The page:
- The Washington Times - Thursday, September 28, 2000

Al Gore's top campaign officials yesterday insisted they are still confident about his chances to win the presidency, despite his loss of a double-digit lead in the polls with just 40 days to go in the contest.
"I would still describe the mood as buoyant," a senior Gore adviser said. "Six weeks ago, if you'd said we'd be even going into the first debate, we'd have done a handspring, considering where we were going into our convention."
The campaign's euphoria comes despite new polls that show Mr. Gore has lost the 17-point lead and then some he enjoyed in the polls just weeks ago. Mr. Bush now leads Mr. Gore 48 percent to 42 percent, according to a poll the Los Angeles Times released yesterday.
In the nightly CNN-Gallup-USA Today tracking poll conducted Sept. 23 to Sept. 25, the Texas governor leads 46 percent to 44 percent.
Gore officials yesterday sought to explain Mr. Bush's surge in the polls and declared that while their opponent may now have the lead in the popular vote, the vice president leads in the Electoral College race.
"At this point, I think we feel that Bush is maybe solidifying his lead in some of the states where he's had a lead, but we still have a lead in the states that still give us an electoral edge," the aide said.
Mr. Gore said he is unconcerned about the new polls while talking to reporters last night on Air Force Two.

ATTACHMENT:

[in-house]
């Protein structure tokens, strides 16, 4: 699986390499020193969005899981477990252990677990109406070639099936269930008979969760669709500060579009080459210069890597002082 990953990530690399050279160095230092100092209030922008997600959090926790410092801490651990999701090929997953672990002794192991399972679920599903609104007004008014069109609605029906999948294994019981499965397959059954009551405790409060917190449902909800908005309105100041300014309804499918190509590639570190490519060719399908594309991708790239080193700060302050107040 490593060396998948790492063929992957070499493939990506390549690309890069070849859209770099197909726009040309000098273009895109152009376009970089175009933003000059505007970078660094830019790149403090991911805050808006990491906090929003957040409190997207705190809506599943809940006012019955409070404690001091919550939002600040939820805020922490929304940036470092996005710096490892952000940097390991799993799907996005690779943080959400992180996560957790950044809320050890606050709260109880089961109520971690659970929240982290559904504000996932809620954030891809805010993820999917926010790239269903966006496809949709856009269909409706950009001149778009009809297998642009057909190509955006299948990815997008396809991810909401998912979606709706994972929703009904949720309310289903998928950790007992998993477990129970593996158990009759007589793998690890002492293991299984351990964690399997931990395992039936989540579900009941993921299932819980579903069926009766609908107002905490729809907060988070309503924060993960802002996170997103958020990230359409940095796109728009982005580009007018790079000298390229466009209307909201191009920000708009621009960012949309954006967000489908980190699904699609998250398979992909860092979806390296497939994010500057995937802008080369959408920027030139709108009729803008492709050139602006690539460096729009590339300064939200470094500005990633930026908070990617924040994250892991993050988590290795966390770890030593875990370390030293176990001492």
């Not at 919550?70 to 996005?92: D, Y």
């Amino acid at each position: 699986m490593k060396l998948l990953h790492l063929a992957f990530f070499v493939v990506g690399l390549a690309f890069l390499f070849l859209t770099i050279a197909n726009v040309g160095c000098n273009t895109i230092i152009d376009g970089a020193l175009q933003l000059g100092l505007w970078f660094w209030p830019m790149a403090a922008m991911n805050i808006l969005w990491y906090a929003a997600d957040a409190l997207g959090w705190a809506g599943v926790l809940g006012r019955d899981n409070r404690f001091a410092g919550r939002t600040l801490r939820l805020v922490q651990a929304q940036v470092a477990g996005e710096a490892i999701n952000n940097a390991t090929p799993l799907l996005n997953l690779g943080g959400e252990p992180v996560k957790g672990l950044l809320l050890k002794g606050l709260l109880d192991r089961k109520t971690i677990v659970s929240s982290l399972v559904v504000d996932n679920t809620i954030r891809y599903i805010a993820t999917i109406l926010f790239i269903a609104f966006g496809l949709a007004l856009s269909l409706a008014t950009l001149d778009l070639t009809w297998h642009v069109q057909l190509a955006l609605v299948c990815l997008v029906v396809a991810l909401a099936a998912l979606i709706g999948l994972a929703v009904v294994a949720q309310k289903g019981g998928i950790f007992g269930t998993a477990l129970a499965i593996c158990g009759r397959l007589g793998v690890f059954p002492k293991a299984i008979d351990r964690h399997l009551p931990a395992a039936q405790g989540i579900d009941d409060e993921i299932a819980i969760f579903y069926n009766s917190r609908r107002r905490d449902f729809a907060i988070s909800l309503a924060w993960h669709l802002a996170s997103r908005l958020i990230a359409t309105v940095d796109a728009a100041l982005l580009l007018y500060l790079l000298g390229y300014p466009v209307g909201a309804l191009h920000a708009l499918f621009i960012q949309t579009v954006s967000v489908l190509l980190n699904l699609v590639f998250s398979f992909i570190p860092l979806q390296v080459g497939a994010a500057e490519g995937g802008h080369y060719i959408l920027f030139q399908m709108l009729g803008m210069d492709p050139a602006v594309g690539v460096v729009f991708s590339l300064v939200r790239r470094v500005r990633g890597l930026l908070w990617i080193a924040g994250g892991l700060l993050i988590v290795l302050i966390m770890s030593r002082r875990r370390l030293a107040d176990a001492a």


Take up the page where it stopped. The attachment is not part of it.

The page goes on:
"I don't think polls matter very much," he said. "You may have heard me say that before. But at least you've heard me say it whether they show it tight or me ahead or him ahead, whatever. I mean I just don't think they mean very much."
Mr. Gore said Mr. Bush's renewed focus on the vice president's character means "his determination to talk about the issues didn't last very long."
Mr. Bush took the lead in national polls this week as a series of gaffes knocked Mr. Gore off stride.
The Republican capitalized on Mr. Gore's claims that his mother-in-law paid more money for an arthritis medication than the same medicine cost for Mr. Gore's dog. Gore aides later acknowledged that the story was made up using a congressional report listing costs of medicines.
Also last week, Mr. Gore and running mate Joseph I. Lieberman took considerable heat for collecting millions of dollars from the Hollywood elite after excoriating the industry for targeting violent content to children.
At that Beverly Hills, Calif., gathering, Larry David, executive producer of "Seinfeld," said: "Like Bush, I, too, found Christ in my 40s. He came into my room one night, and I said: 'What, no call? You just pop in?' "
Religious leaders roundly criticized Mr. Lieberman, who later said he found the joke offensive, but amusing.
In addition, there were revelations in White House e-mail finally turned over to investigators that Mr. Gore knew an event at a Buddhist temple in California was a fund-raiser, a fact he has long disputed; his flip-flop on the release of oil from the Strategic Petroleum Reserve; and a claim to labor leaders that his mother used to sing him to sleep with a union song which turned out not to have been written until he was 27.
Mr. Gore said he was joking, not exaggerating.
Bush campaign officials, however, see no joking matter.
"We've regained momentum," spokeswoman Karen Hughes said. "The afterglow of the Democratic convention is gone, and voters were reminded of the Al Gore they thought they knew."